The organizers of the prestigious cycling event noted the race would begin with a time trial in "west Jerusalem" when announcing the routes on Wednesday.
Israeli officials in response threatened to drop their partnership with the Giro.
Israel sees all of Jerusalem as its undivided capital, while the Palestinians see the eastern sector of the city as the capital of their future state.
The international community says Jerusalem's status must be negotiated between the parties, with foreign embassies to Israel currently located in the country's commercial capital, Tel Aviv. Israel occupied east Jerusalem in the 1967 Six-Day War and later annexed it in a move never recognized by the international community.
"During the presentation of the 2018 race course, technical material containing the wording 'West Jerusalem' was used, due to the fact that the race will take place logistically in that area of the city," Giro organizers said in a statement.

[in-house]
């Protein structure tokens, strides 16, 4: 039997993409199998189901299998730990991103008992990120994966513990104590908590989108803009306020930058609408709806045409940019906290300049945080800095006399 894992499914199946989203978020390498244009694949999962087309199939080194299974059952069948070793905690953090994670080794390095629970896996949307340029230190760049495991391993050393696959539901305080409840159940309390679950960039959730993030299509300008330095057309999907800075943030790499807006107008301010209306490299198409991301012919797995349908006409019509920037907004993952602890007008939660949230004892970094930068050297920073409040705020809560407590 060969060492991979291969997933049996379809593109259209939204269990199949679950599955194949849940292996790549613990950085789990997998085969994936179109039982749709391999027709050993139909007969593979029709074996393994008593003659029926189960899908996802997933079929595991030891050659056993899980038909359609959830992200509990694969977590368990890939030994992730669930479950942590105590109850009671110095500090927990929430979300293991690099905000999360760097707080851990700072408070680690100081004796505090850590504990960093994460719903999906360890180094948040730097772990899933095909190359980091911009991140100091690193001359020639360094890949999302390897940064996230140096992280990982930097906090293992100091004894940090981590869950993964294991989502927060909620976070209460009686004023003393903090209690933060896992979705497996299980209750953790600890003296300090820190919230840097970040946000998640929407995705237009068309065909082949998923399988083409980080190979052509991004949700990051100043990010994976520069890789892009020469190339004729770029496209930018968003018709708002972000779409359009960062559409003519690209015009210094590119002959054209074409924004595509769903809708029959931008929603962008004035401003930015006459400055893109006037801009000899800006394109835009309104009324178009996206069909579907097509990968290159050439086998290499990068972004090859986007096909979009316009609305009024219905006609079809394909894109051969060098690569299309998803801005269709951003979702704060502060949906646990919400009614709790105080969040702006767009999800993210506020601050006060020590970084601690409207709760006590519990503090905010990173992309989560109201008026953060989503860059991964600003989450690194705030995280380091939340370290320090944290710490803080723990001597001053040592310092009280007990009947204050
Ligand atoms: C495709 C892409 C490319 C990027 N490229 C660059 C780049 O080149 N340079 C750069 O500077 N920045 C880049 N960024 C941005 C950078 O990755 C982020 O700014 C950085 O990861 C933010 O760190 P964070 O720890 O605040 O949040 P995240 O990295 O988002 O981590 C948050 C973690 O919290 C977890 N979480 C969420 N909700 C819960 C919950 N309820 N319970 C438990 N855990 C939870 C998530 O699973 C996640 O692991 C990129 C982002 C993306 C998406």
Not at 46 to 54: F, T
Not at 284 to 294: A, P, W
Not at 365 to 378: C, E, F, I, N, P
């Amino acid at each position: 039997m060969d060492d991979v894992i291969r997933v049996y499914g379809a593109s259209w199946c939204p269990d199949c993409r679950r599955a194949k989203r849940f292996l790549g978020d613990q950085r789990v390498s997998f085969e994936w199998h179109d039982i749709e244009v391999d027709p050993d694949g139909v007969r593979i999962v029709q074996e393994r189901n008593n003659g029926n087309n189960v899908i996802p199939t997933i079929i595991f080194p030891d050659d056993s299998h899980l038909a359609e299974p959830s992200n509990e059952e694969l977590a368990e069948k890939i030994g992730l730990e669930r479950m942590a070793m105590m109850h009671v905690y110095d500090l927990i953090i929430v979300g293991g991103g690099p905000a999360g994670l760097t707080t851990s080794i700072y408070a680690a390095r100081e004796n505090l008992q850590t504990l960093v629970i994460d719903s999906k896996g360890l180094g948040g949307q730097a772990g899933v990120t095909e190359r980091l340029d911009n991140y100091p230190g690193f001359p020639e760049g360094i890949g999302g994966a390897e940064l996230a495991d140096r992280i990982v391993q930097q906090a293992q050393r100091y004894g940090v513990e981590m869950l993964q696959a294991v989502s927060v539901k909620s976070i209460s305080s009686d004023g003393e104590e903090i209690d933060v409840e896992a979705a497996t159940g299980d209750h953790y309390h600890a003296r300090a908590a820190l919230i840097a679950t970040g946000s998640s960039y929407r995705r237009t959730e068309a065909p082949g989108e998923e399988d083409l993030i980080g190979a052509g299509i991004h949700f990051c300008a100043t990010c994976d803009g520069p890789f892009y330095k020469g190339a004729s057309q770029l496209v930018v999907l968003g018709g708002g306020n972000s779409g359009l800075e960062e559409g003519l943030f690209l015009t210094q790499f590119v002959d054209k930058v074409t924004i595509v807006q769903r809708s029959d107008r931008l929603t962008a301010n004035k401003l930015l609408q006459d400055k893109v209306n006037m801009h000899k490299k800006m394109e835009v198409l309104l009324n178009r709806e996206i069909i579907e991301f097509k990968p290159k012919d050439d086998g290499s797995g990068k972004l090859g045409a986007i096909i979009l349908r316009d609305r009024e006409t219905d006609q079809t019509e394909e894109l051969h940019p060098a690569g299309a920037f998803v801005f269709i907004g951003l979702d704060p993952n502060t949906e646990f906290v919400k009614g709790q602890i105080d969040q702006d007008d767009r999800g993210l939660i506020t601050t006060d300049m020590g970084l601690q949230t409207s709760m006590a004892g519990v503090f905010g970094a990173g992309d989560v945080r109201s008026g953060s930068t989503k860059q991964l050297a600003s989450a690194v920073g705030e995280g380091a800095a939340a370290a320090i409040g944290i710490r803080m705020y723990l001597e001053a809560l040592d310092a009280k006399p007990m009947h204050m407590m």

"That particular wording, devoid of any political value, has been removed from any material related to the Giro d'Italia."
Jerusalem would be used instead, it said. Race organizers declined to comment further.
Israeli officials welcomed the decision.
"Following our appeal to the Giro d'Italia management, we are pleased with their quick decision to remove the caption 'west Jerusalem' from the official publications of the race organizers," Sport Minister Miri Regev and Tourism
Minister Yariv Levin said in a joint statement.
In addition to the Jerusalem time trial, the following two opening stages of next year's Giro will take place in Israel.
The other two stages will follow the Mediterranean coast from Haifa to Tel Aviv and begin in Beersheba in the Negev desert and end in Eilat on the Red Sea.